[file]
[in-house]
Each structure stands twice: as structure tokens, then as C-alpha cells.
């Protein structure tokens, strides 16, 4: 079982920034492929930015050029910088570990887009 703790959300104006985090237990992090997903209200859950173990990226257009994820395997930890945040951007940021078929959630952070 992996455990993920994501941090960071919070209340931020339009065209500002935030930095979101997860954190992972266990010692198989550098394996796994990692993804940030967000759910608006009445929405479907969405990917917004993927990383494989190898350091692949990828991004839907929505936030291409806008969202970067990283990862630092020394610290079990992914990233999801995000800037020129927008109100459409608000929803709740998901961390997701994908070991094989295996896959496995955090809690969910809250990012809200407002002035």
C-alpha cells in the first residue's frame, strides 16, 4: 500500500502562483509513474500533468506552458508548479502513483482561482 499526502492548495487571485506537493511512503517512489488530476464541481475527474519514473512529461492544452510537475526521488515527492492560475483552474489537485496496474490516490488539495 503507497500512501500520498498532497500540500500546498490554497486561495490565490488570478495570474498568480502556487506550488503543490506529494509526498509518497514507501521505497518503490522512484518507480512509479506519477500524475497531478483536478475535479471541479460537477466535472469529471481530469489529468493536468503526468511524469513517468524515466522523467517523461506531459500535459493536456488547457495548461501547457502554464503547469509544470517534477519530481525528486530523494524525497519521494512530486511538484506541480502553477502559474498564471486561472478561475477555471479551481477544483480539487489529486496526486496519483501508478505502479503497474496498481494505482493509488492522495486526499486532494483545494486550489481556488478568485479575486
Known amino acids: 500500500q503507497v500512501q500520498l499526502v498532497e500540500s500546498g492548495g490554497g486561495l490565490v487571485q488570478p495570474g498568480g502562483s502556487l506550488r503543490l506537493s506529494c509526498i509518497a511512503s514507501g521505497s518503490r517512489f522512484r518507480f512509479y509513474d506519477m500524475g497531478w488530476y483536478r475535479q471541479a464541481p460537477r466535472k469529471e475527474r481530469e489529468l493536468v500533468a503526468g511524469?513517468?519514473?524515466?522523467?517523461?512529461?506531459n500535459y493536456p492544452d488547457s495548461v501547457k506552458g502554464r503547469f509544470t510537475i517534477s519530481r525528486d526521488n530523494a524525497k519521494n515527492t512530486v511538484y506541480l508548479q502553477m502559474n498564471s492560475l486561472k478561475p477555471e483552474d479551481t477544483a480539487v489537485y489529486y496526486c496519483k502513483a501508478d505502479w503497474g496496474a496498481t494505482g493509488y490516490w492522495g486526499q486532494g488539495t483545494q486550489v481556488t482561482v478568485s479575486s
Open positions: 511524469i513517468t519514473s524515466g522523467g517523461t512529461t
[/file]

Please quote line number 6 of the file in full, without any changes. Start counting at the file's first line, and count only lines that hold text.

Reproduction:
Open positions: 511524469i513517468t519514473s524515466g522523467g517523461t512529461t